CS499 Bioinformatics and Computational Biology I (Spring 2009)


  • Instructor: Amarda Shehu amarda\AT\cs.gmu.edu
    Place and Time: STI #120, R 1:30 - 4:10 pm
    Office Hours: ENG #422, T 4:00 - 6:00 pm


  • This course will introduce students to the rising importance of computer science in the life sciences. The topics will focus on computational methods in molecular biology. An array of methods will be introduced for the purpose of understanding and characterizing the role of molecules in cells and man-made constructs. Topics will be presented as three-week units, focusing on sequence alignment, gene and motif finding, structure and function prediction and modeling, covering both nucleic acids and proteins. Selected research topics will also be presented.


  • Material will be disseminated in the form of lectures. Students will be tested on comprehension through homeworks, some of which will contain simple programming assignments. Students can program in their language of choice. Students with little prior programming experience are encouraged to use Matlab.

    A class make-up of students with different backgrounds, encompassing biology, chemistry, statistics, computer science, and electrical engineering, will give students a glimpse of the interdisciplinary and highly-collaborative work between the exact sciences and life sciences. This environment and team work will enhance the experience of each individual student in the class.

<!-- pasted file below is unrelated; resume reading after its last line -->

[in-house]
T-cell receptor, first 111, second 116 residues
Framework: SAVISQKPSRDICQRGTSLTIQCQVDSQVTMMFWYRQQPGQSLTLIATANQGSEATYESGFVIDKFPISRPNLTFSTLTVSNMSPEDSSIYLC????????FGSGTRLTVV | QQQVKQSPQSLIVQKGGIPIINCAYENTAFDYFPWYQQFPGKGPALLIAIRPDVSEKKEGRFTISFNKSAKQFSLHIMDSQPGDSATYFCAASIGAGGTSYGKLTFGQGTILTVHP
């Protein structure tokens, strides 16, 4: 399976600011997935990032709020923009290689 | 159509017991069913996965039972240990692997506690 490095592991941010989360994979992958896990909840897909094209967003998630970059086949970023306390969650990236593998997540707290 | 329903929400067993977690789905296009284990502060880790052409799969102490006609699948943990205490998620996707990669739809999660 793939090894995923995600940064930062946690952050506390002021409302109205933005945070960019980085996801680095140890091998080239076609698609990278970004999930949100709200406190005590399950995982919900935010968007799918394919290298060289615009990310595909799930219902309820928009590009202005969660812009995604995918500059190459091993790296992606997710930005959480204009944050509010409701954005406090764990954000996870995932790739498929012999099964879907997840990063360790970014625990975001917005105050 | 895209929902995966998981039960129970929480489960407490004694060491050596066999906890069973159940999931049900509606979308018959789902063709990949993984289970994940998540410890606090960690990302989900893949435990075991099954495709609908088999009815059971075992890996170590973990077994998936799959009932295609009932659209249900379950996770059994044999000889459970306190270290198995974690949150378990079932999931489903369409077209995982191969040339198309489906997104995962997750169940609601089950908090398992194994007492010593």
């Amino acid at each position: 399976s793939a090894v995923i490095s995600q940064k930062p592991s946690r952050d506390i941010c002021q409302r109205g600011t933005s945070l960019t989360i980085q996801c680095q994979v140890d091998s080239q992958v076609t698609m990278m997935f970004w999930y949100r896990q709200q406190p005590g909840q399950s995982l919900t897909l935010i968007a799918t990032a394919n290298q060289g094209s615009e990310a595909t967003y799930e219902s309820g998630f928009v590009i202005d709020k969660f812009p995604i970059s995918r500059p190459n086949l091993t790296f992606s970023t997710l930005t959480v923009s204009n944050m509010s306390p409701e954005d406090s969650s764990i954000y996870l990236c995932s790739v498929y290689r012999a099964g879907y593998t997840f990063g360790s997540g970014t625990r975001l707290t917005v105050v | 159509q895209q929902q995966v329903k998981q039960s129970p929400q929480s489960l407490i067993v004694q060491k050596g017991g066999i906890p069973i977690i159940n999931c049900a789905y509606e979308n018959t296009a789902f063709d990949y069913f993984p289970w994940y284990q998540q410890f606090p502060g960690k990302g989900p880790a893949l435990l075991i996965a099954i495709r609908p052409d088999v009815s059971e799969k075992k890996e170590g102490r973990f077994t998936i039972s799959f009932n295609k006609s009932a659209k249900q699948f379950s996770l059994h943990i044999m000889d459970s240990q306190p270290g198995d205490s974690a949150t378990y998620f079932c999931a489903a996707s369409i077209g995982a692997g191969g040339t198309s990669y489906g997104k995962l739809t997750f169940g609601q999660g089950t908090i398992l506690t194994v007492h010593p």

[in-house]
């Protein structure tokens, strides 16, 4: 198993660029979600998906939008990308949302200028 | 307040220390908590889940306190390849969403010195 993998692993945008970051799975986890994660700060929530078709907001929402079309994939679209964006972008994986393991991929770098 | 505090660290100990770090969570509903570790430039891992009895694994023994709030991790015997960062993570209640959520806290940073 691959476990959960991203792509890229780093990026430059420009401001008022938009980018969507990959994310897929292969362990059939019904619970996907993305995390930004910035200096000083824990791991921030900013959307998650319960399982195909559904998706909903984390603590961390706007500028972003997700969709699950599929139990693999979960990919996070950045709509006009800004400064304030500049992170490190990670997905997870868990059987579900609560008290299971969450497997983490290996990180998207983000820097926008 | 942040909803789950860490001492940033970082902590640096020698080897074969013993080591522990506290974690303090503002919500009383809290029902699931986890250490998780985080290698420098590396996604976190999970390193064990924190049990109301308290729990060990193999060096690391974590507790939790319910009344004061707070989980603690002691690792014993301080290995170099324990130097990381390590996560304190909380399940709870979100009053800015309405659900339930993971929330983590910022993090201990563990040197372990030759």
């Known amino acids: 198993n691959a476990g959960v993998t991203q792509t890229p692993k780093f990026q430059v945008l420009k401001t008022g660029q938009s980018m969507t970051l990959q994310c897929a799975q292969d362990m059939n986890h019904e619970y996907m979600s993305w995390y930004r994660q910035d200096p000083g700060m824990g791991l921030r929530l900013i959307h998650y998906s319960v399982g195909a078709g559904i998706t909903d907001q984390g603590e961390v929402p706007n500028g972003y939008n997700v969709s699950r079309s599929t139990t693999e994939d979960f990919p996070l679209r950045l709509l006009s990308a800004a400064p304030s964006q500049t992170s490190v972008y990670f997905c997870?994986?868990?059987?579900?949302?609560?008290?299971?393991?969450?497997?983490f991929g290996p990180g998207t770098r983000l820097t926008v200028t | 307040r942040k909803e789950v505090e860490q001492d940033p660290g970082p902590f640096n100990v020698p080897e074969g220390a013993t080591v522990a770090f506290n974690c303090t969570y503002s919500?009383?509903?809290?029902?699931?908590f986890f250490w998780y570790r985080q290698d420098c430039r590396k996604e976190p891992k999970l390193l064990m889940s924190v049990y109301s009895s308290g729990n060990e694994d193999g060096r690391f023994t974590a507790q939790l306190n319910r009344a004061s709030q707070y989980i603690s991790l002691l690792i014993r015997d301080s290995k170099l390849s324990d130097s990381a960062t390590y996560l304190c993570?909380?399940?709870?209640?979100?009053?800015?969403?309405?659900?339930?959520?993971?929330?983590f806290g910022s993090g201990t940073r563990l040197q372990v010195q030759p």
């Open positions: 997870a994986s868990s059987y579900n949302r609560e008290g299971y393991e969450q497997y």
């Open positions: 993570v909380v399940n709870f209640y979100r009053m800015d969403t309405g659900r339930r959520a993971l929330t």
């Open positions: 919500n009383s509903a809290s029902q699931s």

Students will work in two- to three-member teams towards their final topic presentation. To encourage independent research in computational biology, students will have the opportunity to choose and review interesting topics from existing literature. The in-class presentation of selected research articles on a chosen topic will conclude their course work.


  • At the end of this course, students will be able to implement alignment algorithms on protein sequences, modify and implement gene and motif finding algorithms, gather and present statistics on protein structures, implement simple geometric manipulations of protein chains, implement energy functions to rank structures of a protein chain, implement search algorithms to compute protein structures, and apply existing software to dock structures of proteins and ligands.


  • CS 499 is cross-listed as BINF 401 and ECE 499. No hard prerequisites are needed for this course beyond a programming course.


  • The class material will combine online modules developed as part of the connexions project and the following textbook: Introduction to Bioinformatics by A. Tramontano, CRC Press, 1st Edition (2006). The following textbooks are recommended but not required: Computational Molecular Biology: An Introduction by P. Clote and R. Backofen, Wiley, 1st Edition (2000); Introduction to Protein Structure by Carl Branden, Routledge, 2nd Edition (1999).


Grade Breakdown

  • Hw 1: 10%             Hw 2: 25%             Hw 3: 25%             Hw 4: 25%             Presentation: 15%